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 Near to them are two small islands, one of which is called the Island of Juno: some call these the Pillars. Beyond the Pillars is Gades,1 concerning which all that we have hitherto remarked is, that it is distant from Calpe2 about 750 stadia, and is situated near to the outlet of the Guadalquiver.3 Notwithstanding there is much can be said about it. For its inhabitants equip the greatest number of ships, and the largest in size, both for our sea,4 and the exterior [ocean], although the island they inhabit is by no means large, nor yet do they possess much of the mainland, nor are masters of other islands. They dwell for the most part on the sea, only a few staying at home or passing their time in Rome. Still, in amount of population, their city does not seem to be surpassed by any with the exception of Rome. I have heard that in a census taken within our own times, there were enumerated five hundred citizens of Gades of the equestrian order, a number equalled by none of the Italian cities excepting that of the Patavini.5 However, notwithstanding their vast number, its inhabitants possess an island, in length6 not much above 100 stadia, and in some places only one stadium in breadth. Originally the city in which they dwelt was extremely small, but Balbus7 the Gaditanian, who received the honours of a triumph, added another to it which they call the New Town. These two form the city of Didyme,8 which is not above twenty stadia in circumference. In it, however, they are not pressed for room, because few live at home, the majority passing their lives on the sea, some too dwelling on the opposite continent, and particularly on a little island adjacent on account of its excellence. They have such a liking for this place as almost to have made it a rival city to Didyme. However, few in comparison inhabit either this or the sea-port which Balbus constructed for them on the opposite continent. Their city is situated in the western parts of the island. Near to it is the temple of Saturn, which terminates [Gades to the west], and is opposite the smaller island. The temple of Hercules is on the other side, to the east, where the island approaches nearest to the mainland, being only separated therefrom by a strait of a stadium [in breadth].9 They say that this temple is twelve miles from the city, thus making the number of miles and the number of [Hercules'] labours equal: but this is too great, being almost equal to the length of the island. Now the length of the island runs from west to east.
2 The rock of Gibraltar.
3 This mouth of the Guadalquiver, opposite Cadiz, no longer exists.
4 The Mediterranean.
6 ‘The length of the island of Leon, at the extremity of which the city of Cadiz is situated, is about 9500 toises, which are equivalent to 100 Olympic stadia.’Gosselin.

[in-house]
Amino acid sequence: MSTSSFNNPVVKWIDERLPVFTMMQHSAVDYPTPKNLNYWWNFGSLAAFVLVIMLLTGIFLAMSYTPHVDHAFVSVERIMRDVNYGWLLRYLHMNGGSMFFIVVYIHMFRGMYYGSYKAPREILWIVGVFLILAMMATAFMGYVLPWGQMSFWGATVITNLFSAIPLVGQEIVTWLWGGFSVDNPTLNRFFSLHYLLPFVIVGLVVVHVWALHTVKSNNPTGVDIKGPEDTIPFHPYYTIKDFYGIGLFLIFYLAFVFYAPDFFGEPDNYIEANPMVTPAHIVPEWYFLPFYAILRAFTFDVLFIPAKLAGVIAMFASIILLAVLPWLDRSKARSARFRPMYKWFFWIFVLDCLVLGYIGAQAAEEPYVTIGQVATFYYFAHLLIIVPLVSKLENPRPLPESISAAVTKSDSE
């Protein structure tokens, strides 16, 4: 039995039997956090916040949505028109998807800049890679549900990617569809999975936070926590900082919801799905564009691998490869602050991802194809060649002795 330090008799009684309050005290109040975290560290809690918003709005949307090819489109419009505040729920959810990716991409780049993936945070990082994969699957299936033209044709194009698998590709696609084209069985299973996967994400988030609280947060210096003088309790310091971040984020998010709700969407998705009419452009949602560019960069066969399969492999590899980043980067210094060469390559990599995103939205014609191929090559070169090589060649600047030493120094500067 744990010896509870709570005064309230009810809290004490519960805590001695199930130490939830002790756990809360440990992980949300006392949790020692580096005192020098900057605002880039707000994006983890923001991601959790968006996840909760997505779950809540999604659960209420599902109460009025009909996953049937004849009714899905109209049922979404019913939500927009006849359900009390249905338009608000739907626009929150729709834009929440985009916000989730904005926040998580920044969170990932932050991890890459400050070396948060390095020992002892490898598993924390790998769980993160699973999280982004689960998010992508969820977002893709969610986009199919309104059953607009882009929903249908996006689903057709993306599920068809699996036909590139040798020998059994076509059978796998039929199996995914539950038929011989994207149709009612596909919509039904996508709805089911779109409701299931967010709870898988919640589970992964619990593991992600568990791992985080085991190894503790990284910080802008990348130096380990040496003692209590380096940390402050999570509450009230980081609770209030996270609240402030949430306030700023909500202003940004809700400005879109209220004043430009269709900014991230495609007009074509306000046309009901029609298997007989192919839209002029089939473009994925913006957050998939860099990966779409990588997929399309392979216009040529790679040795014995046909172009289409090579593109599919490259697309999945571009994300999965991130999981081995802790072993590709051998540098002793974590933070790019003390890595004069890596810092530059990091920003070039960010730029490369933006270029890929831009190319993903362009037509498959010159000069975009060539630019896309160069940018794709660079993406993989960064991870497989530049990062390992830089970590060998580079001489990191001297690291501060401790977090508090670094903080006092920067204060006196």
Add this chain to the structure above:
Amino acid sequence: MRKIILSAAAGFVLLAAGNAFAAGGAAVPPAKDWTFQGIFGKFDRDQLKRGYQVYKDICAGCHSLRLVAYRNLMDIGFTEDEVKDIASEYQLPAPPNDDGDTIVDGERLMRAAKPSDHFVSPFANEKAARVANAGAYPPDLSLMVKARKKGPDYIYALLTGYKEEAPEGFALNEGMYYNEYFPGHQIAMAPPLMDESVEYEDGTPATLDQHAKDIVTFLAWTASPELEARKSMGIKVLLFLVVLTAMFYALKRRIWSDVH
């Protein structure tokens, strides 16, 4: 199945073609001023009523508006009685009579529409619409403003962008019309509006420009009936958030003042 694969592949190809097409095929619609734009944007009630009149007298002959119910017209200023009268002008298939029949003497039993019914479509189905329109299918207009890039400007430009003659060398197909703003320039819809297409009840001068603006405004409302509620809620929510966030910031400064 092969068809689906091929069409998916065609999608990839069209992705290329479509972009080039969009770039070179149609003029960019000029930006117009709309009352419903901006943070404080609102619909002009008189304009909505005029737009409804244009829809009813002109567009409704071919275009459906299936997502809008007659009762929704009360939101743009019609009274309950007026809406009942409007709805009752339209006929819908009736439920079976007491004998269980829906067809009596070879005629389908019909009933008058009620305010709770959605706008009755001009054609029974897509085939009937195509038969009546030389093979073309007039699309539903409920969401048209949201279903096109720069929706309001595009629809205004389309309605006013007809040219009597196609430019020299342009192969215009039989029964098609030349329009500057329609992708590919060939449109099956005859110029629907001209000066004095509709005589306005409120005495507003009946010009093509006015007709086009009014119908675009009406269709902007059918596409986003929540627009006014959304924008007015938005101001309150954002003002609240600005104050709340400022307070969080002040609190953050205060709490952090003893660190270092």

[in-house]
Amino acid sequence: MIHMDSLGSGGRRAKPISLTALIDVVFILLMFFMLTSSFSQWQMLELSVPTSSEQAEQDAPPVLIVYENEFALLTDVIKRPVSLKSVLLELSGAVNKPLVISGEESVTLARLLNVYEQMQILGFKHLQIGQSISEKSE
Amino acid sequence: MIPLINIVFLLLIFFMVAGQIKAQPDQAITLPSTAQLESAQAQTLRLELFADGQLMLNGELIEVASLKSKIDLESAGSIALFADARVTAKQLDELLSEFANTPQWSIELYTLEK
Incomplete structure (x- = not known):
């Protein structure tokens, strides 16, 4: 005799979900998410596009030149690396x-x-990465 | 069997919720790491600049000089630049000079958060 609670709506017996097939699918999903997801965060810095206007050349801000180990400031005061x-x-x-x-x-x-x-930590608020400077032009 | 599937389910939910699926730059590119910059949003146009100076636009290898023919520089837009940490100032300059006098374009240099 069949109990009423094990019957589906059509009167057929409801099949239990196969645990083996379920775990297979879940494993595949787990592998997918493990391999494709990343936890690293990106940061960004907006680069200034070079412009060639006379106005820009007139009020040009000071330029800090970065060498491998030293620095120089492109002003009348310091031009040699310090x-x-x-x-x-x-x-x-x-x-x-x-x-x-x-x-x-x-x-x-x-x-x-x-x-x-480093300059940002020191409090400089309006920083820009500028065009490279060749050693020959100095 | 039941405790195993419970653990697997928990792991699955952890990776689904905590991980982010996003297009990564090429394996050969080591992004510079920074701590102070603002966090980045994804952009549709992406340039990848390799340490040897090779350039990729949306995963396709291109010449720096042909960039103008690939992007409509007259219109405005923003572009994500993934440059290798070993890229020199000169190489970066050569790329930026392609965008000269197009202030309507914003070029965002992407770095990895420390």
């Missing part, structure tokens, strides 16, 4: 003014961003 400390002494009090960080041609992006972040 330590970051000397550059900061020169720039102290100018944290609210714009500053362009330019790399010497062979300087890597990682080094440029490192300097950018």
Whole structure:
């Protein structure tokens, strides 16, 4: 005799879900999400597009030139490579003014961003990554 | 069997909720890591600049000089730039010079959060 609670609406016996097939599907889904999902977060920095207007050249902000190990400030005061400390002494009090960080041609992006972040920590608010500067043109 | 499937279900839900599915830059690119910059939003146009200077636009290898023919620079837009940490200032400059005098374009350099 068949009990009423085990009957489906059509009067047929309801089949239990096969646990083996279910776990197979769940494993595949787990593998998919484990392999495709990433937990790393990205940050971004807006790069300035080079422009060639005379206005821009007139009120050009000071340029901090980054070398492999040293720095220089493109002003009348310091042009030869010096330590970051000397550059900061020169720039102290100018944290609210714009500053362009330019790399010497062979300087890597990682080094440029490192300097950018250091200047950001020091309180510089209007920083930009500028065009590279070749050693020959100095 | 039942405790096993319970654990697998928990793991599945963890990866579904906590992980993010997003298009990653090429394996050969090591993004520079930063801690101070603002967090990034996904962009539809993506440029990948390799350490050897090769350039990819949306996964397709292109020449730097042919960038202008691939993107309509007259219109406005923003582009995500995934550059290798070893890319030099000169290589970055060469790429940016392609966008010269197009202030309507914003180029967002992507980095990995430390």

7 L. Cornelius Balbus was a native of Cadiz, and descended from an illustrious family in that town. His original name probably bore some resemblance in sound to the Latin Balbus. Cadiz being one of the federate cities, supported the Romans in their war against Sertorius in Spain, and Balbus thus had an opportunity for distinguishing himself. He served under the Roman generals Q. Mettellus Pius, C. Memmius, and Pompey, and was present at the battles of Turia and Sucro. He distinguished himself so much throughout the war, that Pompey conferred the Roman citizenship upon him, his brother, and his brother's sons and this act of Pompey was ratified by the law of the consuls, Cn. Cornelius Lentulus and L. Gellius, B. C. 72. It was probably in honour of these consuls that Balbus took the Gentile name of the one, and the prænomen of the other. It was for this Balbus that Cicero made the defence which has come down to us. The reason which induced Strabo to notice, as something remarkable, that Balbus had received the honours of a triumph, we learn from Pliny, who, noticing the victories which he had gained over the Garamantes and other nations of Africa, tells us he was the only person of foreign extraction who had ever received the honour of a triumph. ‘Omnia armis Romanis superata et a Cornelio Balbo triumphata, uni huic omnium externo curru et Quiritium jure donato.’ Plin. ib. v. c. 5. Solinus likewise says of him, (cap. xxix. p. 54,) ‘Primus sane de externis, utpote Gadibus genitus accessit ad gloriana nominis triumphalis.’
8 This word signifies ‘The Twins.’
9 Gosselin says, the temple of Saturn appears to have stood on the site of the present church of S. Sebastian, and that of Hercules at the other extremity of the island on the site of St. Peter's.
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